Earlier this year, the terms “sharenting” and “over-sharenting” made waves as a study was released saying that half of all moms and a third of dads admit to posting the ins and outs of raising their kids on a variety of social media platforms. This article in the Washington Post highlighted the trend of documenting family moments with ever-increasing detail — photos included.
The terms and the study unleashed a widespread debate about how over-sharing information impacts kids’ online privacy. But for Devorah Heitner, founder of Raising Digital Natives, there’s something else at play: When we overshare images and information about our children, we aren’t modeling the kind of digital behavior that we hope they themselves will practice.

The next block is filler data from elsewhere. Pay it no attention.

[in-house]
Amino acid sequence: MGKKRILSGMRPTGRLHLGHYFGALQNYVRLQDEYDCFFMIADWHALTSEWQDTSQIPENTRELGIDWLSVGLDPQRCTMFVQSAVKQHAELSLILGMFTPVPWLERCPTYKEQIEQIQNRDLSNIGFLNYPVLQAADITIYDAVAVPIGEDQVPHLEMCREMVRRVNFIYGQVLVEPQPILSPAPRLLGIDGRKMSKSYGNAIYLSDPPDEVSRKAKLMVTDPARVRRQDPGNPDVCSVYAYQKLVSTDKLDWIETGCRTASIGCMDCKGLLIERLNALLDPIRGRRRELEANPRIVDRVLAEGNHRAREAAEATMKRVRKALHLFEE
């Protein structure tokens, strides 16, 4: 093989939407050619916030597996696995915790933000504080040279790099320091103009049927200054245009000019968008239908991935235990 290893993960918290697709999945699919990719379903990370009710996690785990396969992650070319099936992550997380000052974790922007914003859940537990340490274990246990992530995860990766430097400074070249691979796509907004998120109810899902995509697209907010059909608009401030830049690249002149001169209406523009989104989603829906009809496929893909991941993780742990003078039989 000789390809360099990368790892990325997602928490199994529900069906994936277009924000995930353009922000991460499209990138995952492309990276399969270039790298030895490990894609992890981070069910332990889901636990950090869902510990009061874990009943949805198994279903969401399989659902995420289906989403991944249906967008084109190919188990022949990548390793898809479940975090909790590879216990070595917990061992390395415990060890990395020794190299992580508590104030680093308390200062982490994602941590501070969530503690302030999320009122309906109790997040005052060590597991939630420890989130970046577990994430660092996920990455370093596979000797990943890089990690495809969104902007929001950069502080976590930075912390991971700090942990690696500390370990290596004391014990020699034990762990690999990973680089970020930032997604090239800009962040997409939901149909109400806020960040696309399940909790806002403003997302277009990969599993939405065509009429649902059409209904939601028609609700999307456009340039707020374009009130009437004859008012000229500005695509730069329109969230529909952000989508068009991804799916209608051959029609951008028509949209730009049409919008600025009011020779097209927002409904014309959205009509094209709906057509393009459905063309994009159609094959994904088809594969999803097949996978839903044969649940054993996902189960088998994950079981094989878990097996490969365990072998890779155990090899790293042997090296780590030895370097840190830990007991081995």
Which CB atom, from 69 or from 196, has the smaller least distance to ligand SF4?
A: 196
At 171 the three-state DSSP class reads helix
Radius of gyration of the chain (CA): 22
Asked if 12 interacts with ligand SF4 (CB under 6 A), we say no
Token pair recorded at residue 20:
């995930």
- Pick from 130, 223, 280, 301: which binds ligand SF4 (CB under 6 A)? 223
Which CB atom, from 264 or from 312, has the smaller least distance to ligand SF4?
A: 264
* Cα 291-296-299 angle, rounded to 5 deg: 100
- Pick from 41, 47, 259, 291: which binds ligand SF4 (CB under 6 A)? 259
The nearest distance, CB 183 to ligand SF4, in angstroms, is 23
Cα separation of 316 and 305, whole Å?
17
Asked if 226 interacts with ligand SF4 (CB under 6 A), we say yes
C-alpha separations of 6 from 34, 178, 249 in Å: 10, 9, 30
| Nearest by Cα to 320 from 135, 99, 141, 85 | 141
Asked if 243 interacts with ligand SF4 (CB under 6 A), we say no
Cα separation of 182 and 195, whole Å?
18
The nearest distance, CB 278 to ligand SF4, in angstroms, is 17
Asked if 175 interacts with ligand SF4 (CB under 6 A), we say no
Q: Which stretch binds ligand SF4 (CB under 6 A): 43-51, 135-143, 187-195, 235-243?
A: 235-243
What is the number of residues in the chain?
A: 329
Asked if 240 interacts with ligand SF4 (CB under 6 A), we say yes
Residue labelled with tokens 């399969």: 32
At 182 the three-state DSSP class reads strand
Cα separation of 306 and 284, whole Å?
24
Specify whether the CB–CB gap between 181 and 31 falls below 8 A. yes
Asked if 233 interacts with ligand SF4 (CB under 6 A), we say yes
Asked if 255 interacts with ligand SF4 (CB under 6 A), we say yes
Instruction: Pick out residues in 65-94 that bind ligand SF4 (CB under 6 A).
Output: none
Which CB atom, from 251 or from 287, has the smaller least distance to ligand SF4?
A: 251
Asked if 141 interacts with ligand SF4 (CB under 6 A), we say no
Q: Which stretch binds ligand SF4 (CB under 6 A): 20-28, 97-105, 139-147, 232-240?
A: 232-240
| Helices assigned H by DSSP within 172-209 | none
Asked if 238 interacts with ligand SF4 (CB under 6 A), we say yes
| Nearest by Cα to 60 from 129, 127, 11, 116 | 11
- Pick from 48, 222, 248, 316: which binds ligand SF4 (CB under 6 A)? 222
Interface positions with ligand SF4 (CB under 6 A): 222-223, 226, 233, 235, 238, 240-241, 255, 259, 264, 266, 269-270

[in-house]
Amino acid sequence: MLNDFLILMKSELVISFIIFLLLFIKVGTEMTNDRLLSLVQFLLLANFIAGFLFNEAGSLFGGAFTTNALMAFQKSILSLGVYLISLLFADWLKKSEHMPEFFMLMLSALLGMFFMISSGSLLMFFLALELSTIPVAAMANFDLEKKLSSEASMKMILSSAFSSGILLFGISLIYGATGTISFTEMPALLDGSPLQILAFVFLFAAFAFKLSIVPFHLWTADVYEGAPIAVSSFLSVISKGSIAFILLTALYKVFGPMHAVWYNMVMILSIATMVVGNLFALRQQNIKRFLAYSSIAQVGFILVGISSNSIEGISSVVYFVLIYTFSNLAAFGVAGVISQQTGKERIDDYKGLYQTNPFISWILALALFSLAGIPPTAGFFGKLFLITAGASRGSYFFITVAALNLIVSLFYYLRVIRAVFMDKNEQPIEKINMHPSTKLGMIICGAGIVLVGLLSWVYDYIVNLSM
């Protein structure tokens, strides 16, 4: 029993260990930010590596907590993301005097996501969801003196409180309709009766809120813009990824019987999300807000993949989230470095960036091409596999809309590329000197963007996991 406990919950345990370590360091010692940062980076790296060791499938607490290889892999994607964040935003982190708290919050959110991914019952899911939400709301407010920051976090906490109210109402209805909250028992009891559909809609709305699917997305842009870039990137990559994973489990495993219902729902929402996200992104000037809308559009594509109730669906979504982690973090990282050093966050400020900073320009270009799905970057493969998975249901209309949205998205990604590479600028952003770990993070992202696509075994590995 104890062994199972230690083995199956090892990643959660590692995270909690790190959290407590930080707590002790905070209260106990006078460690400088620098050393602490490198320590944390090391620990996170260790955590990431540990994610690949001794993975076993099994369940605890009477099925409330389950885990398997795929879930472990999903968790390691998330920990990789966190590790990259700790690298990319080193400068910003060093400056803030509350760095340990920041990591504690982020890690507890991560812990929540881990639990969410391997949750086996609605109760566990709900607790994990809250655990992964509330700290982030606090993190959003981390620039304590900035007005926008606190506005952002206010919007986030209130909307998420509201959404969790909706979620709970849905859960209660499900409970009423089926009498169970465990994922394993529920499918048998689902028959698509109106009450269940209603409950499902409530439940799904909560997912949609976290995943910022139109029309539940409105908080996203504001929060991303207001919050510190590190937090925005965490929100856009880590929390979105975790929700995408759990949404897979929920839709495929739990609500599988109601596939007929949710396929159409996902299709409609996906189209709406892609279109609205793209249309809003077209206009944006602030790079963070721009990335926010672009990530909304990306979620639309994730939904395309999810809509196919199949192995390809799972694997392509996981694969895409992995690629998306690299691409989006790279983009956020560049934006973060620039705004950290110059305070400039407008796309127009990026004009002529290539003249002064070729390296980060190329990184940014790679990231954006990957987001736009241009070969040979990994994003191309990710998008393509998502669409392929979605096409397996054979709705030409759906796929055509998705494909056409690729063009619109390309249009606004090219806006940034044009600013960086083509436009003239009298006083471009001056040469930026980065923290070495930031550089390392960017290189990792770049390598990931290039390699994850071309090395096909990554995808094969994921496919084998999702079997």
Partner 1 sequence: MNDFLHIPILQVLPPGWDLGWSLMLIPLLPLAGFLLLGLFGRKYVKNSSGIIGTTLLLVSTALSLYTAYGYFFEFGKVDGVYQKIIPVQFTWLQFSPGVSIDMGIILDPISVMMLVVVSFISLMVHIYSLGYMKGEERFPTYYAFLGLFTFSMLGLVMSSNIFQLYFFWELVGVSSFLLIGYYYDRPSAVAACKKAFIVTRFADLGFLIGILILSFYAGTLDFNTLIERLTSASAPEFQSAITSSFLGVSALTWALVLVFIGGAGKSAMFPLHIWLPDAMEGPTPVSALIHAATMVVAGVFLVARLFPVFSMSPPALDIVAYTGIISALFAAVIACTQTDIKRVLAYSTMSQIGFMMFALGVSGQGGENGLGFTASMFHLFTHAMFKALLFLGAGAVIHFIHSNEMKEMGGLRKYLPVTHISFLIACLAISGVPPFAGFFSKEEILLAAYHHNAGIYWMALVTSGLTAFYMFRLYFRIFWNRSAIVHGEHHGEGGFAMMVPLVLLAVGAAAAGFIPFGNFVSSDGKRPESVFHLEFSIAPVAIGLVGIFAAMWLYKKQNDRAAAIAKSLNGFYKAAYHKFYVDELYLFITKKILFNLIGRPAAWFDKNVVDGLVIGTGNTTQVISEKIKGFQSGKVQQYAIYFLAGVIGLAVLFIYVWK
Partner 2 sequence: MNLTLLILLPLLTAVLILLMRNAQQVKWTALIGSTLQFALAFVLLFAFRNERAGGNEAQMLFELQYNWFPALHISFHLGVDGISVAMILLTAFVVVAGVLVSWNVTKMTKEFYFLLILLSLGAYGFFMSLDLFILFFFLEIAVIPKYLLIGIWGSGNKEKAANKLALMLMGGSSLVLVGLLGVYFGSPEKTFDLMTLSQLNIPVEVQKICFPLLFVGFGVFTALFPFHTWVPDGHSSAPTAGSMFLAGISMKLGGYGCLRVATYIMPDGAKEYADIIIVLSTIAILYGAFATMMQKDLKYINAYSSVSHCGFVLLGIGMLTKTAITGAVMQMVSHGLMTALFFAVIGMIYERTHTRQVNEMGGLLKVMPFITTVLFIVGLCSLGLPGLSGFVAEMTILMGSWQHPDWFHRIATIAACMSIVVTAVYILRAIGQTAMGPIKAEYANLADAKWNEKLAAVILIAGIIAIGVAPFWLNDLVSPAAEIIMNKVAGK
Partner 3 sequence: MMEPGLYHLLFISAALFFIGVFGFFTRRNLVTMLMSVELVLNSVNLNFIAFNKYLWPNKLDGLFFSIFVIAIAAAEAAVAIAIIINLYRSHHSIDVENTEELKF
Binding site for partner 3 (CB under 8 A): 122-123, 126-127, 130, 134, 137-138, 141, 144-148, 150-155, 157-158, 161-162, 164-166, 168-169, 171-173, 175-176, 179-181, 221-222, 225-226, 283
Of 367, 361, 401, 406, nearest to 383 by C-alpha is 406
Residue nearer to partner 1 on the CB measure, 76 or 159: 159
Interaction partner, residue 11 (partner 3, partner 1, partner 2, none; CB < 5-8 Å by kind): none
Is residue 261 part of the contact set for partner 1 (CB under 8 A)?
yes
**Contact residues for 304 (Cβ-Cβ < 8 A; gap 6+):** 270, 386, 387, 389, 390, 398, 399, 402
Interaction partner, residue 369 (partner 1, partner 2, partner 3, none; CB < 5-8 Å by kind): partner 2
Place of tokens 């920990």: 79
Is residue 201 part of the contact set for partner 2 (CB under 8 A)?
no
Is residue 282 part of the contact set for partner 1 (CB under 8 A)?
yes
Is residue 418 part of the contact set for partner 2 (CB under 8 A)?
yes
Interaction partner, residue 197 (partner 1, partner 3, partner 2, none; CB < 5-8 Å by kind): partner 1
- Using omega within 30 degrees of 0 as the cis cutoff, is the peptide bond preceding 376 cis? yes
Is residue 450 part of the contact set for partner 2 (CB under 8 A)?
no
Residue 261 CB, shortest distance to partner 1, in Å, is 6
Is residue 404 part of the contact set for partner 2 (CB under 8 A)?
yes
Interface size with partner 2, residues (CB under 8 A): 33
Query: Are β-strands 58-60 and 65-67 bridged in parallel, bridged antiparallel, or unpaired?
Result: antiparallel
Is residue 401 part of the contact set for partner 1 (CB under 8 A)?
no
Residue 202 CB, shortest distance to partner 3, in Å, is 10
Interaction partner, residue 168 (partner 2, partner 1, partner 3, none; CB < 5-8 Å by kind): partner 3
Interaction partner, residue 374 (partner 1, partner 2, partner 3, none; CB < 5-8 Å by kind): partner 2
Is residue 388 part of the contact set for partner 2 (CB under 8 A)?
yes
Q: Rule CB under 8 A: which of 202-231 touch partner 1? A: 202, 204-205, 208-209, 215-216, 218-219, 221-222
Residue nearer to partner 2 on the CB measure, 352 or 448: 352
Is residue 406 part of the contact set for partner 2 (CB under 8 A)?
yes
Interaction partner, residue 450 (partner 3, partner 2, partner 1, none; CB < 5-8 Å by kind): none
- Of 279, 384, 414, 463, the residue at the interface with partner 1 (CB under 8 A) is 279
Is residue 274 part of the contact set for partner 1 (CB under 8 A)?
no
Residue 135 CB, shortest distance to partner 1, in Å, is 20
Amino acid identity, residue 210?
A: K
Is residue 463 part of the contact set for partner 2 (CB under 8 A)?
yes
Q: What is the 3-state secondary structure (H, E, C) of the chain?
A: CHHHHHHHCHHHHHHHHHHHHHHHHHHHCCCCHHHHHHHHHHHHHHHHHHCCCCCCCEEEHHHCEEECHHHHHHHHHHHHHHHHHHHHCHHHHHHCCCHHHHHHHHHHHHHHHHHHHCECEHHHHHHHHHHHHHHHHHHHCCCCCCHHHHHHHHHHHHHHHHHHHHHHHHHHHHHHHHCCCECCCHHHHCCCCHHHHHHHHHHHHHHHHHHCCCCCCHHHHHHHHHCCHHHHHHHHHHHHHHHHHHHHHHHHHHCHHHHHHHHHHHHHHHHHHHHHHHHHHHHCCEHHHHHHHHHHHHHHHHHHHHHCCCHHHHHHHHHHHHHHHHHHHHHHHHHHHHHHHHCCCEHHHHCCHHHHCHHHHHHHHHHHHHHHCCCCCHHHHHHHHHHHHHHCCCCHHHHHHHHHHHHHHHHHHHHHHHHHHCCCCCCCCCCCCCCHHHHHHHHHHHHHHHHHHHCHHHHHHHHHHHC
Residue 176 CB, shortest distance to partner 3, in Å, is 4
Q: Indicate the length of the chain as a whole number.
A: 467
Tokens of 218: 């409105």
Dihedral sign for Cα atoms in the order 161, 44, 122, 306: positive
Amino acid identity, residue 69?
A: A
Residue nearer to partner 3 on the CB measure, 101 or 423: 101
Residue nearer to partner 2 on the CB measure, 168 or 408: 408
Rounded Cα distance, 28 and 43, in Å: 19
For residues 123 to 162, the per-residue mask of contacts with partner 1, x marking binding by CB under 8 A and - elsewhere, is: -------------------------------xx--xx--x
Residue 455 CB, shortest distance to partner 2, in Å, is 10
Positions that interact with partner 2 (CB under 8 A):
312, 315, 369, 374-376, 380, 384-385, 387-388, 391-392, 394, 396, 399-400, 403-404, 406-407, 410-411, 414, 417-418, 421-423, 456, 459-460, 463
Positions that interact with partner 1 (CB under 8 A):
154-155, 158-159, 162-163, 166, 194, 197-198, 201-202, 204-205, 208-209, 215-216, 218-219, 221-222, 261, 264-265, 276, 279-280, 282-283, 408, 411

Encouraging your kids not to post every last photo they take? Then practice the same restraint yourself, she says in a great article about “picture day.” In it, Heitner challenges parents with children older than 9 to “not share another picture of them. That is, until you ask their permission.” Doing so, she says, not only models good boundaries and self control, but also teaches our kids that their image is their own, and not ours.
Read the full article here.